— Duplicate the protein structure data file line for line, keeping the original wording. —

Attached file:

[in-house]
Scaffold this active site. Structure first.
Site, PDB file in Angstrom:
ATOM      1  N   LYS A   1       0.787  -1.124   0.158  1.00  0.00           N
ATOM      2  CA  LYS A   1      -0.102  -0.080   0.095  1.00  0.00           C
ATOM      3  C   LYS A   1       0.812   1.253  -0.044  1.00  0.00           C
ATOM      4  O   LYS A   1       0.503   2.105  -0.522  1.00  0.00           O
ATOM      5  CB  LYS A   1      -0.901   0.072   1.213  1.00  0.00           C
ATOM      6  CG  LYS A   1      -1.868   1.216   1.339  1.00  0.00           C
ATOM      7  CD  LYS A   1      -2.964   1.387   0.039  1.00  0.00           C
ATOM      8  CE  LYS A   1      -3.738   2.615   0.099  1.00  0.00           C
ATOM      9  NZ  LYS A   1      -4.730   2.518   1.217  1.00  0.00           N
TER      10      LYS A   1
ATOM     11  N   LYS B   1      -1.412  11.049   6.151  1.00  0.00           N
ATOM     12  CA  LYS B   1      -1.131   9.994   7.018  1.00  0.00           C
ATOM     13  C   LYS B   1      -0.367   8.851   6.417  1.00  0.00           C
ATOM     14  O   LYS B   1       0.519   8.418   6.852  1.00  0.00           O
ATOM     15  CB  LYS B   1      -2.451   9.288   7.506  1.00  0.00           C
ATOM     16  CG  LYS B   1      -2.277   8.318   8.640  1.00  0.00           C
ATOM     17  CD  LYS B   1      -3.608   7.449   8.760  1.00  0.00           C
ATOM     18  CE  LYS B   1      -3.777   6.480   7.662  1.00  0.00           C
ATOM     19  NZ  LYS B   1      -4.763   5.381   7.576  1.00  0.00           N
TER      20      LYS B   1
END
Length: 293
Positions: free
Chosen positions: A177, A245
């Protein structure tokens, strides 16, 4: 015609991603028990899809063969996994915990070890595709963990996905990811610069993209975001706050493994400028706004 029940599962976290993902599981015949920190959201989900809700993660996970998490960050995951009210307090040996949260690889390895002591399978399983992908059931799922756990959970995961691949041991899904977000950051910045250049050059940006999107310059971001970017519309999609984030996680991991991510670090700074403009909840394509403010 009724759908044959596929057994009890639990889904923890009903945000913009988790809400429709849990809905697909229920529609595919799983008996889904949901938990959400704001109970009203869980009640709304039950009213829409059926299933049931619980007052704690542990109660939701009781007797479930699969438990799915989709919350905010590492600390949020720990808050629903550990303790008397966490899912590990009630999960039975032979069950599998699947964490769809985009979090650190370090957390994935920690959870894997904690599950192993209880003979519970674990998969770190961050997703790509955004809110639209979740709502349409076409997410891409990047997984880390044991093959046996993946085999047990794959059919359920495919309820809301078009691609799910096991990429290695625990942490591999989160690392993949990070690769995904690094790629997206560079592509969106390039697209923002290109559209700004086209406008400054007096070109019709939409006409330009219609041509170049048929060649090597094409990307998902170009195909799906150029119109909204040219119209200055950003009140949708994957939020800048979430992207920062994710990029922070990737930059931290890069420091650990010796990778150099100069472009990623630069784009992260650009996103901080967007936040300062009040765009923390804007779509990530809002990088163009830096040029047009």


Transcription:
[in-house]
Scaffold this active site. Structure first.
Site, PDB file in Angstrom:
ATOM      1  N   LYS A   1       0.787  -1.124   0.158  1.00  0.00           N
ATOM      2  CA  LYS A   1      -0.102  -0.080   0.095  1.00  0.00           C
ATOM      3  C   LYS A   1       0.812   1.253  -0.044  1.00  0.00           C
ATOM      4  O   LYS A   1       0.503   2.105  -0.522  1.00  0.00           O
ATOM      5  CB  LYS A   1      -0.901   0.072   1.213  1.00  0.00           C
ATOM      6  CG  LYS A   1      -1.868   1.216   1.339  1.00  0.00           C
ATOM      7  CD  LYS A   1      -2.964   1.387   0.039  1.00  0.00           C
ATOM      8  CE  LYS A   1      -3.738   2.615   0.099  1.00  0.00           C
ATOM      9  NZ  LYS A   1      -4.730   2.518   1.217  1.00  0.00           N
TER      10      LYS A   1
ATOM     11  N   LYS B   1      -1.412  11.049   6.151  1.00  0.00           N
ATOM     12  CA  LYS B   1      -1.131   9.994   7.018  1.00  0.00           C
ATOM     13  C   LYS B   1      -0.367   8.851   6.417  1.00  0.00           C
ATOM     14  O   LYS B   1       0.519   8.418   6.852  1.00  0.00           O
ATOM     15  CB  LYS B   1      -2.451   9.288   7.506  1.00  0.00           C
ATOM     16  CG  LYS B   1      -2.277   8.318   8.640  1.00  0.00           C
ATOM     17  CD  LYS B   1      -3.608   7.449   8.760  1.00  0.00           C
ATOM     18  CE  LYS B   1      -3.777   6.480   7.662  1.00  0.00           C
ATOM     19  NZ  LYS B   1      -4.763   5.381   7.576  1.00  0.00           N
TER      20      LYS B   1
END
Length: 293
Positions: free
Chosen positions: A177, A245
């Protein structure tokens, strides 16, 4: 015609991603028990899809063969996994915990070890595709963990996905990811610069993209975001706050493994400028706004 029940599962976290993902599981015949920190959201989900809700993660996970998490960050995951009210307090040996949260690889390895002591399978399983992908059931799922756990959970995961691949041991899904977000950051910045250049050059940006999107310059971001970017519309999609984030996680991991991510670090700074403009909840394509403010 009724759908044959596929057994009890639990889904923890009903945000913009988790809400429709849990809905697909229920529609595919799983008996889904949901938990959400704001109970009203869980009640709304039950009213829409059926299933049931619980007052704690542990109660939701009781007797479930699969438990799915989709919350905010590492600390949020720990808050629903550990303790008397966490899912590990009630999960039975032979069950599998699947964490769809985009979090650190370090957390994935920690959870894997904690599950192993209880003979519970674990998969770190961050997703790509955004809110639209979740709502349409076409997410891409990047997984880390044991093959046996993946085999047990794959059919359920495919309820809301078009691609799910096991990429290695625990942490591999989160690392993949990070690769995904690094790629997206560079592509969106390039697209923002290109559209700004086209406008400054007096070109019709939409006409330009219609041509170049048929060649090597094409990307998902170009195909799906150029119109909204040219119209200055950003009140949708994957939020800048979430992207920062994710990029922070990737930059931290890069420091650990010796990778150099100069472009990623630069784009992260650009996103901080967007936040300062009040765009923390804007779509990530809002990088163009830096040029047009």